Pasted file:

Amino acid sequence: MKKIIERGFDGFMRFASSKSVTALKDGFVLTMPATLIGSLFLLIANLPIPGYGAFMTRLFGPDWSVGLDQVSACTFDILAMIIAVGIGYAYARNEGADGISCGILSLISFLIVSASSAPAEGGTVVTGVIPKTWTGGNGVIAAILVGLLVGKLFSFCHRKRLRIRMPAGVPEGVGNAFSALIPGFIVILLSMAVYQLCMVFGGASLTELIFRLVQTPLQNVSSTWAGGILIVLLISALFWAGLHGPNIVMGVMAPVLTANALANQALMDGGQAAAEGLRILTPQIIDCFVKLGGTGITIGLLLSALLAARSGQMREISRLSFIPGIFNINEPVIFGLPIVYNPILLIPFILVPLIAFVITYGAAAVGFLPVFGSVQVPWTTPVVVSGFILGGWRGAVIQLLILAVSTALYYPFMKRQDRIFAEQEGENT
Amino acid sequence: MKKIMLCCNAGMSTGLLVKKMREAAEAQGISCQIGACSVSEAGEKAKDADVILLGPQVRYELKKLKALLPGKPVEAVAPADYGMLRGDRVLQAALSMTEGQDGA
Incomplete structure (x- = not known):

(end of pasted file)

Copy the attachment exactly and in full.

Amino acid sequence: MKKIIERGFDGFMRFASSKSVTALKDGFVLTMPATLIGSLFLLIANLPIPGYGAFMTRLFGPDWSVGLDQVSACTFDILAMIIAVGIGYAYARNEGADGISCGILSLISFLIVSASSAPAEGGTVVTGVIPKTWTGGNGVIAAILVGLLVGKLFSFCHRKRLRIRMPAGVPEGVGNAFSALIPGFIVILLSMAVYQLCMVFGGASLTELIFRLVQTPLQNVSSTWAGGILIVLLISALFWAGLHGPNIVMGVMAPVLTANALANQALMDGGQAAAEGLRILTPQIIDCFVKLGGTGITIGLLLSALLAARSGQMREISRLSFIPGIFNINEPVIFGLPIVYNPILLIPFILVPLIAFVITYGAAAVGFLPVFGSVQVPWTTPVVVSGFILGGWRGAVIQLLILAVSTALYYPFMKRQDRIFAEQEGENT
Amino acid sequence: MKKIMLCCNAGMSTGLLVKKMREAAEAQGISCQIGACSVSEAGEKAKDADVILLGPQVRYELKKLKALLPGKPVEAVAPADYGMLRGDRVLQAALSMTEGQDGA
Incomplete structure (x- = not known):